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Mick McAteer: EU shouldn’t follow pension freedoms ‘disaster’

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The Financial Inclusion Centre director Mick McAteer has urged the European pensions industry not to follow the UK on its “disaster” pension freedoms reforms.

McAteer, a former FCA board member, argued against pension freedoms at an EU Commission hearing on personal pensions in Brussels this week.

Speaking to Money Marketing after the hearing, McAteer says: “UK pension freedom and choice reforms were a disaster. I would advise the rest of Europe not to follow the UK on this. People should always look at the UK to learn how not to do stuff.

“Consumers would be exposed to more longevity risk, more market and misselling risk and more scams. It will push up the costs for saving for retirement as well. We think the freedom and choice will just add more advice, distribution and product design costs into the pension system.”

But Royal London director of policy and former pensions minister Steve Webb says pensions freedoms are about “trusting people with their own money” and that people had been “extraordinarily sensible” with their pots since April 2016.

He says: “If we are not prepared to [trust people with their money] then we might just give up. Rather than pensions having been dry and dull with the Government telling you what to do, you now tend to choose, so if you want an annuity you can still buy an annuity.”

Hargreaves Lansdown senior pension analyst Nathan Long says access to quality information and advice remains crucial for the continued success of the pension freedoms as opposed to product innovation.

He says: “New products are not necessary to make sensible post-pension freedom decisions. For many a combination of annuity and income drawdown can provide the necessary balance between income security and flexibility to suit their own personal circumstances.”

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Comments

There are 7 comments at the moment, we would love to hear your opinion too.

  1. Freedom & Choice in Retirement 26th October 2016 at 4:10 pm

    Mick has done some great work over the years, however he’s wrong on this one.

    We see first hand the positive outcomes that are possible because of the new rules. Individuals debt free for the first time in their adult lives, others avoiding court judgements or keeping their homes and proud parents seeing their children buy their first home.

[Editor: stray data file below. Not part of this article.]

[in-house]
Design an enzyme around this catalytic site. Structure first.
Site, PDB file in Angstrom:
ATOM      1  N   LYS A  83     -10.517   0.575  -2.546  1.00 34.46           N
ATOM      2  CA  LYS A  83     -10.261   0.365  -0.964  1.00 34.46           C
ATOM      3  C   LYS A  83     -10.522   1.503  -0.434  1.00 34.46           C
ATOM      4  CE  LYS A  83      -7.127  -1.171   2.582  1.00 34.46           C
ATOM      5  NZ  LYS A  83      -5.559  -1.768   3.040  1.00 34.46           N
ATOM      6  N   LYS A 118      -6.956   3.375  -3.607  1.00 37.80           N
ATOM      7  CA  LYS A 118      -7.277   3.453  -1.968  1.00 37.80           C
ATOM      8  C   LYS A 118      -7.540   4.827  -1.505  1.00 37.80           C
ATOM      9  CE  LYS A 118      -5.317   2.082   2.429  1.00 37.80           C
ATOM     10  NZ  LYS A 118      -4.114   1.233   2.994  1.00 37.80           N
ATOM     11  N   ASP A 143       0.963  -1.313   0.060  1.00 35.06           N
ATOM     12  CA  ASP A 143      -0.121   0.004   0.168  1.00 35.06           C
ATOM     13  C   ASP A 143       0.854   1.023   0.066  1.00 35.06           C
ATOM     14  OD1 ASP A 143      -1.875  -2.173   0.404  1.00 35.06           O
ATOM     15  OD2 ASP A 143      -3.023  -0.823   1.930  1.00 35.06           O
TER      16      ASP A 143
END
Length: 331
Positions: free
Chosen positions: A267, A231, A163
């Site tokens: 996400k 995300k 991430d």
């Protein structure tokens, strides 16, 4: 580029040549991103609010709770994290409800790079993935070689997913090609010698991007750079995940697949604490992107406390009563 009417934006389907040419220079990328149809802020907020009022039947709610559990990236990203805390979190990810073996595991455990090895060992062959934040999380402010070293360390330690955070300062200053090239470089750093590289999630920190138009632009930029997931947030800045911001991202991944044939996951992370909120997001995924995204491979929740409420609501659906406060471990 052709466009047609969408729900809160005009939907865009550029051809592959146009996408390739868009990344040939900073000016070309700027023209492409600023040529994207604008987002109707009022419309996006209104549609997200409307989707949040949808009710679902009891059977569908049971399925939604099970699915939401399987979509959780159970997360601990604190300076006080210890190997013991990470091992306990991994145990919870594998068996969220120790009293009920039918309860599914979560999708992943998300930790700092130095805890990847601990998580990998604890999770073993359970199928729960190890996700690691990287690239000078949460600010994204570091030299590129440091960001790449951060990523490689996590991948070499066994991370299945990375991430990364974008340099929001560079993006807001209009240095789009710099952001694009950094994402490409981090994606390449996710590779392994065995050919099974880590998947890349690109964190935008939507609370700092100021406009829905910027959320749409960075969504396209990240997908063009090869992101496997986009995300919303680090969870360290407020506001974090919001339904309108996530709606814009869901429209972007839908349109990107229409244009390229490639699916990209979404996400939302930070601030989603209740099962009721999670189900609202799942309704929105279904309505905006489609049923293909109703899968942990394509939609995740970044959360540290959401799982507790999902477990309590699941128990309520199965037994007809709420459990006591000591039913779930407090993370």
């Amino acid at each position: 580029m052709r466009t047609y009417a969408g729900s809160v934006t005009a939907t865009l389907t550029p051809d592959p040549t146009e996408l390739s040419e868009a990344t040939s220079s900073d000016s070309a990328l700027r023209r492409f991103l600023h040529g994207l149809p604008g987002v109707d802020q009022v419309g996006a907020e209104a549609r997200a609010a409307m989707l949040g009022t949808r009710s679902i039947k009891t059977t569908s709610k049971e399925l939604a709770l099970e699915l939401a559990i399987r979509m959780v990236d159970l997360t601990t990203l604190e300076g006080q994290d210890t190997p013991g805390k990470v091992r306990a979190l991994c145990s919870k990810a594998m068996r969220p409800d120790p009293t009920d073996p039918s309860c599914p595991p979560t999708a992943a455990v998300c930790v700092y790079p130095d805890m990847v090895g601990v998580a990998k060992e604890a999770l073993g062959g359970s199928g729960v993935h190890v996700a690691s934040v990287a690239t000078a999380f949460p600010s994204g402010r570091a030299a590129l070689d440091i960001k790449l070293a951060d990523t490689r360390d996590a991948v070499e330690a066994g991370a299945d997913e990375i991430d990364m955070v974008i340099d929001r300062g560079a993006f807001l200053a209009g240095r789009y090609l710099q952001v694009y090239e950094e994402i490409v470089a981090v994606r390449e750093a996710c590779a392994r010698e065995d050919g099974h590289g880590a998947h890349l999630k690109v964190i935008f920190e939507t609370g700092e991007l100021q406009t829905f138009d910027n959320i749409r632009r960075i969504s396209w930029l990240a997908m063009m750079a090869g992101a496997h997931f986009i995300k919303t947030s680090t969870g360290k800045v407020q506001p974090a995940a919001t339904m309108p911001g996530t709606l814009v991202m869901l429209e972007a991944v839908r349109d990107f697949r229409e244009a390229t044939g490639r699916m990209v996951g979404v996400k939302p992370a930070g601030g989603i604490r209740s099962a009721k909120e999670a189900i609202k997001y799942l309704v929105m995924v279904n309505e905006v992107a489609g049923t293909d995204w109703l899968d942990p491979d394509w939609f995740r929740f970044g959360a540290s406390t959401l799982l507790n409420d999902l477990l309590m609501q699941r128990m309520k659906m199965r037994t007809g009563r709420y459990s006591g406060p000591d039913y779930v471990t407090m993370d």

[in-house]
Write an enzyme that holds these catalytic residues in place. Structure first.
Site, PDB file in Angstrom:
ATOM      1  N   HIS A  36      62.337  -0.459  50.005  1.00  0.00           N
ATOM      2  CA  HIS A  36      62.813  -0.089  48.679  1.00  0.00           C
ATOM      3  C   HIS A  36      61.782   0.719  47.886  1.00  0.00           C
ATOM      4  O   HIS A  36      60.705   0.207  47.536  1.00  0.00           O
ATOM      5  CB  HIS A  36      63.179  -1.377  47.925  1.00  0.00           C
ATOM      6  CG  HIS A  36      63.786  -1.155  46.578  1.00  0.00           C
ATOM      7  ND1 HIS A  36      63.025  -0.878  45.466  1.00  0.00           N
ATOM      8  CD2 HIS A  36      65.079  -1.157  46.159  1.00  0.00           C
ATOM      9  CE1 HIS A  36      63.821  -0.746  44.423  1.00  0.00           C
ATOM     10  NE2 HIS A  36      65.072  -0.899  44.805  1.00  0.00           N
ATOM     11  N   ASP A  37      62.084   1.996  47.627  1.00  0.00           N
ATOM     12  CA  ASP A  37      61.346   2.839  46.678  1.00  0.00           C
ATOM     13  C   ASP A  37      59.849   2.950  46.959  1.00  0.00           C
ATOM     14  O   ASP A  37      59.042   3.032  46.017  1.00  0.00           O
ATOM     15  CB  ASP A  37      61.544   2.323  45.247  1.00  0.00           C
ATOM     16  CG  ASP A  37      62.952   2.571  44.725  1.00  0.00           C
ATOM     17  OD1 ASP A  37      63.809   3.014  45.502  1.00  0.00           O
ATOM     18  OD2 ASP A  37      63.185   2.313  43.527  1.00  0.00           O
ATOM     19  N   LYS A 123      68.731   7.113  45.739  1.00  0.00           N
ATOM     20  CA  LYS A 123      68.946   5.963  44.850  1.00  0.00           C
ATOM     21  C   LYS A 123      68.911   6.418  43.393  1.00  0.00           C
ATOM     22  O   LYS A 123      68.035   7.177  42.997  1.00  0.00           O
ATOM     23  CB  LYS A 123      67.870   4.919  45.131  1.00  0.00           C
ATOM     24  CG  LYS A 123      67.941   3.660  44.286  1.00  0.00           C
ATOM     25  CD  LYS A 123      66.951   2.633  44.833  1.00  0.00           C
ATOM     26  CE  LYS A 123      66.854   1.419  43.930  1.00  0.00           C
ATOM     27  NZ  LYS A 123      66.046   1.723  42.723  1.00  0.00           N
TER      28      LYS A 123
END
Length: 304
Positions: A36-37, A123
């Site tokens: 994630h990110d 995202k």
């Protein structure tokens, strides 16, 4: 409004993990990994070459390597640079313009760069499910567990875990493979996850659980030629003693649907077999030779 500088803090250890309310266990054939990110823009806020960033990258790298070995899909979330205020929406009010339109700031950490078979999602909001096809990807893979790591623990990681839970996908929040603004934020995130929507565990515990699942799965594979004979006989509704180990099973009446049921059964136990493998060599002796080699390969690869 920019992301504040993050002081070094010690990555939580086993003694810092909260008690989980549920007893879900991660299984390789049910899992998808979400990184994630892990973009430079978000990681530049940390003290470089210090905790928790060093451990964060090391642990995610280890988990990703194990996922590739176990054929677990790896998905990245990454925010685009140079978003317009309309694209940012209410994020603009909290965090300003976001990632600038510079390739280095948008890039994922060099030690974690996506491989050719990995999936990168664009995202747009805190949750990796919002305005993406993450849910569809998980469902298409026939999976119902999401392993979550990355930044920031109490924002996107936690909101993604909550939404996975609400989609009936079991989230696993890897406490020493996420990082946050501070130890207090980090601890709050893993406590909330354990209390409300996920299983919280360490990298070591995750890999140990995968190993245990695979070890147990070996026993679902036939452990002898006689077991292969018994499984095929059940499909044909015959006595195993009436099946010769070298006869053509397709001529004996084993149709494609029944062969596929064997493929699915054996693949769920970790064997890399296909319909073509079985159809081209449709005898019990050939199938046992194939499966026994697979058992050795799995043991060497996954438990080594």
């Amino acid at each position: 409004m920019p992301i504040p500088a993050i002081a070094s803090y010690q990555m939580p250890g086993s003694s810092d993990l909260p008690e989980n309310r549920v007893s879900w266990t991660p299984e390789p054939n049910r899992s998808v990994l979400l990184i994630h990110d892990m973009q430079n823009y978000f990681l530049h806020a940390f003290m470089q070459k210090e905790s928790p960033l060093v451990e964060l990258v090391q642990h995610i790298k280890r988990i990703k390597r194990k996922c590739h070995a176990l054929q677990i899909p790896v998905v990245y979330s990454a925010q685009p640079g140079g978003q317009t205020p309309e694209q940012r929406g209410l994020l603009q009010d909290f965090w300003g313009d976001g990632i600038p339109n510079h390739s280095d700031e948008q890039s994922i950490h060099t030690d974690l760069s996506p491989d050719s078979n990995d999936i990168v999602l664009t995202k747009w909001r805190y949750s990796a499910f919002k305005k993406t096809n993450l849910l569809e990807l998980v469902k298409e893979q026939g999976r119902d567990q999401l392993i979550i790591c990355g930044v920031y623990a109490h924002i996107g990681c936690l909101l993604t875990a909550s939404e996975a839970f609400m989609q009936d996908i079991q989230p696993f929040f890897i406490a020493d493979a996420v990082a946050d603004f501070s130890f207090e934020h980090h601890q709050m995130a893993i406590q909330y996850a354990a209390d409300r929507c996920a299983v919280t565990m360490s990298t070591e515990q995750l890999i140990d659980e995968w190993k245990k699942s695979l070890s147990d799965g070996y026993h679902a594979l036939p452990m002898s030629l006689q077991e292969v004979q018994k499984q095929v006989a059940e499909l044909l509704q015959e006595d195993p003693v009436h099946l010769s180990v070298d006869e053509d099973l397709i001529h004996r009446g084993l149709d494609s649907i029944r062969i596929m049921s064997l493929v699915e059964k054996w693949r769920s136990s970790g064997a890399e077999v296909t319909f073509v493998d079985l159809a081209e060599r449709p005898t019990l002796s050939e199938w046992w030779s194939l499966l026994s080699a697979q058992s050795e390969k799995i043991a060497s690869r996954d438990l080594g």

This is the best thing to happen to pensions in my thirty year career. With freedom & choice comes responsibility and that is the challenge. Hopefully our regulator can help by making advice more accessible, enabling those that have saved to make sensible, balanced decisions.

  2. Personally, I think Mick McAteer should get back to Russia.

    He says that freedom of choice has been “a disaster”, but as justification he points only at the risk that bad things might happen, not at any concrete evidence that bad things are happening to any great degree.

    Pension Freedoms have been a great success in giving people (heaven forbid) access to their own money. “Exposing them to longevity risk” for example translates as “People with a £30k plot are no longer restricted to 15 quid a week in case they don’t die soon”.

    No. If Mick McAteer wants to talk to foreign governments like the EU commission, I suggest he stays there (now we’re leaving).

  3. Absolutely, Pension Freedoms have given saving for retirement a much needed breath of fresh air. In the current low interest rate environment annuities only offer value for the insurers. We need to encourage people to save for their retirement and having complete flexibility on how benefits are vested is only a step in the right direction. Less of the Nanny state, it is our money after all.

  4. Agreed with previous post re freedoms. But disagree with good work done by MM, he just stirs things up when it’s not necessary.

  5. Not for the first time is Mick bang on the money. Pension freedoms are a disaster for pension holders, but a golden egg for advisers and providers. No wonder Webb & HL are all for them.

    “Trusting people with their own money”

    Oh please! The average person is so trustworthy with money that 31% of all adults (approx. 15 million people) have less than £1,000 saved. The average pension pot is £30k. The average household debt (excluding mortgage) is £13,520. 25% of families have no savings at all. And remember the UK is the most indebted nation in the world – bar none. And Mr Webb wants to trust people with their own money. What money?

  6. There is no disaster. I believe this article has got it totally wrong

  7. For all the people for whom cashing in their pension funds/benefits may have helped in the short term, there are at least as many, quite possibly many more, who’ve acted in foolish haste and who will repent at leisure for the rest of their income-starved lives. Whilst I accept that the imposition of GAD rates on Income DD was overly prescriptive, I don’t think it’s been a good move simply to discard all and any limits because way too many people who really don’t appreciate the long term implications of grabbing the lot (or what’s left of it after the tax man’s had his cut) all in one go will simply act in a short sighted and irresponsible manner.

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